Weeds in Union could soon grow a little taller before they are considered a problem.

At the direction of the board of aldermen, City Administrator Russell Rost is in the process of revising the city’s weed ordinance. As part of the review, Rost wants to know what the committee thought is the right height to enforce.

At the July 2 personnel, finance and publics works meeting, he asked the committee to pick a height that would turn weeds into an issue.

Currently, Union considers grass longer than 7 inches a nuisance issue.

Rost explained that number was set several years ago.

When people are notified of a weed violation, the process can take several days. By setting the limit at 7 inches, the violation can be addressed before the grass gets too long between notification and action.

Rost said the gap between notification and the issue finally being addressed can result in significant growth. By starting the notification process at 7 inches, he said it would still be possible to cut with regular lawn equipment.

The downside of 7 inches, is a rainy week can make even the most regular mower in violation. Rost said most mowers are set at 4 inches so a week of major growth can impact a lot of people.

Based on feedback, he said he felt 10 inches might be a better number.

Other municipalities vary with their enforcement height. Rost said the numbers range between 7 and 12 inches.

The committee and Mayor Mike Livengood discussed the issue and decided 12 inches was likely the point where weeds should be addressed. Using the knowledge that enforcement takes a few days, Alderman Paul Arand said 10 inches made sense.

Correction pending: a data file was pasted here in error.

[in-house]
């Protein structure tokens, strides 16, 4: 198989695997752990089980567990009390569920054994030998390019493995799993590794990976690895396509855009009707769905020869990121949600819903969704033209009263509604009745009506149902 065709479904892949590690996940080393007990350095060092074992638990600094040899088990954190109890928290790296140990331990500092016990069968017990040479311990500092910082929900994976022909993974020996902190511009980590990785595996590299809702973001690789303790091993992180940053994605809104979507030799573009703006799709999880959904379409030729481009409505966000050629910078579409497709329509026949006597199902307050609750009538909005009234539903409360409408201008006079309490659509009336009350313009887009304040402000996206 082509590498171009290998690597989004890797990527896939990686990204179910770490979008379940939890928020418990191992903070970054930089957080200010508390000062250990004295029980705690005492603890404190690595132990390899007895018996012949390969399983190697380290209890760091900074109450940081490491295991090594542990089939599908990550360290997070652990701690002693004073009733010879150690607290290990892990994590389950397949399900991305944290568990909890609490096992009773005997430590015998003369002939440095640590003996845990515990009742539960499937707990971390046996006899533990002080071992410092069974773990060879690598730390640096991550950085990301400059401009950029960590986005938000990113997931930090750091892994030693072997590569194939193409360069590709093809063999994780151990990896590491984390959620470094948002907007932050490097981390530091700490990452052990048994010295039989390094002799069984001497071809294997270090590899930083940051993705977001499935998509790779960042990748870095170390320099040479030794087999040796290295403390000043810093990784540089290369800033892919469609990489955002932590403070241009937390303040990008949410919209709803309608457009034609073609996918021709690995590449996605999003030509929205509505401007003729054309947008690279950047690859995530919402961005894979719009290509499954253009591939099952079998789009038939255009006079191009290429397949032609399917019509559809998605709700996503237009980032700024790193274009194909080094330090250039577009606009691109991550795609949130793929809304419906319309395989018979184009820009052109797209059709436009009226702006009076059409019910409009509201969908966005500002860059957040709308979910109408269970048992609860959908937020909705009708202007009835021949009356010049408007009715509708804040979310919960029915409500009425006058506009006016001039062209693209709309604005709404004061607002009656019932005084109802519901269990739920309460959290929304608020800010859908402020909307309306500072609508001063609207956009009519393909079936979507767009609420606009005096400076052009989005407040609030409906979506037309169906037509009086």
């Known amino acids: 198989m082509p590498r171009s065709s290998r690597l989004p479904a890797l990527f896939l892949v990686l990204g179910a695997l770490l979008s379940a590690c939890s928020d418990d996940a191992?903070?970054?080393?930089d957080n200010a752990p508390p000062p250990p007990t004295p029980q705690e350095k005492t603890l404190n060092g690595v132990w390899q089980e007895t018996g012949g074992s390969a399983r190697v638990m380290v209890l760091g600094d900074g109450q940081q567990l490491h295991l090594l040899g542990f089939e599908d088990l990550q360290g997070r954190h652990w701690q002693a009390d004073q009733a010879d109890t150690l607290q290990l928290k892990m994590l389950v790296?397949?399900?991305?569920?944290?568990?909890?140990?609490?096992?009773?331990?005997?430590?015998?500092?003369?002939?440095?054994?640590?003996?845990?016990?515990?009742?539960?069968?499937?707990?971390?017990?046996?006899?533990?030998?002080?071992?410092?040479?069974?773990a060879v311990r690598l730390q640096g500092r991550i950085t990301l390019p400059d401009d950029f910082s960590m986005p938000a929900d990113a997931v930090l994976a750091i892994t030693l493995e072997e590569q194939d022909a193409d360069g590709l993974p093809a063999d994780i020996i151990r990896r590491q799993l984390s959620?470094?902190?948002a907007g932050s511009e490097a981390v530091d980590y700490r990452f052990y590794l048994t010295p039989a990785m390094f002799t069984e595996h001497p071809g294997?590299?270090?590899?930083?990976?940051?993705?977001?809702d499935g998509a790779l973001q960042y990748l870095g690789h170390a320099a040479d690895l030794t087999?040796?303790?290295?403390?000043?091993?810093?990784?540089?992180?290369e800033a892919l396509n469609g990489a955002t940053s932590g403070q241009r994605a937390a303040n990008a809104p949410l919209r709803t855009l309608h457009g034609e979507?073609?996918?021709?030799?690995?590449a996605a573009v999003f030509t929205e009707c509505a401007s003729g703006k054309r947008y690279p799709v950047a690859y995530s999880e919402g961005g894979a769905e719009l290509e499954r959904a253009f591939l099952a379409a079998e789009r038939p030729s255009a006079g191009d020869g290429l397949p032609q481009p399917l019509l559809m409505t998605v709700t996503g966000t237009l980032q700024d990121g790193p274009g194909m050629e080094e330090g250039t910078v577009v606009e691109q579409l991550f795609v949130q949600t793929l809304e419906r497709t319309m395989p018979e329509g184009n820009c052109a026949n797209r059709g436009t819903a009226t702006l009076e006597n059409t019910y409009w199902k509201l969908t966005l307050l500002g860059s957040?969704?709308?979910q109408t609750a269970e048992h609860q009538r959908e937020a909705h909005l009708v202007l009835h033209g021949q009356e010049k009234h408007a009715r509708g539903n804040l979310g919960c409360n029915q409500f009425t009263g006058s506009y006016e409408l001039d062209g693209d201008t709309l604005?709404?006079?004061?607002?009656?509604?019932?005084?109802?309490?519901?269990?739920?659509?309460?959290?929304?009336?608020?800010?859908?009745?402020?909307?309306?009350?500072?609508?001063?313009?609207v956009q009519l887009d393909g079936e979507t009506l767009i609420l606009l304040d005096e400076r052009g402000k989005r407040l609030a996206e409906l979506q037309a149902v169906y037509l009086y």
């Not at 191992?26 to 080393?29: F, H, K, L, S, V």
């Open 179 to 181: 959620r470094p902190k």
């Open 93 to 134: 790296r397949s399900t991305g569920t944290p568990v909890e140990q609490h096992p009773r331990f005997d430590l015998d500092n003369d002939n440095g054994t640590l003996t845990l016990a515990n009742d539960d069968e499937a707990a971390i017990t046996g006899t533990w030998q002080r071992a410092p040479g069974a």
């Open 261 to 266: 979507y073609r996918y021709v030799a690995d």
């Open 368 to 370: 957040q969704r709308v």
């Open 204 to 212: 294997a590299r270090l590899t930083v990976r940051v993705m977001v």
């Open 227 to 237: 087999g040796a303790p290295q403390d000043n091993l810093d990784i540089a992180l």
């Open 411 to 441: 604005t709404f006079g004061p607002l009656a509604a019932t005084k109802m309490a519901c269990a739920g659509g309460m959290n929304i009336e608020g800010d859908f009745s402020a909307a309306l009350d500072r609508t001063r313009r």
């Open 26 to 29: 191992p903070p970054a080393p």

“By the time they get to it, it will be 12 to 14 inches,” he said.

The committee agreed with Arand’s proposal and instructed Rost to move forward with the 10-inch limit.

Rost began reviewing the current ordinance because it has unforeseen enforcement issues.

“We’ve had some efforts to strictly enforce our current ordinance, and it’s a little bit inadequate on the exceptions side,” he said. “If you strictly enforce it, it applies to a lot of unintended issues.”

Under the current guidelines, many properties could be impacted by strict enforcement.

“When you think about forest areas — technically it could apply to that,” he said.

Rost said he reviewed ordinances in place in Rolla, Washington, Sullivan, Pacific, Wentzville and O’Fallon. All of those cities had a separate entry for exceptions to the rule,

For example, the city of Rolla exempts undeveloped properties until they are “brush-hogged.” At that point, they are required to maintain the property under the ordinance.

The board suggested meeting with police and trying to create an ordinance that wouldn’t be a “burden” for residents. The board instructed Rost to present a revised ordinance to be voted on at a future meeting.

Rost told the committee he is working on the revisions, but is having trouble making exceptions to not have unintended consequences. He hopes to have the revisions done soon and will send them to City Attorney Matt Schroeder. Once Schroeder signs off, the new ordinance would be up for vote.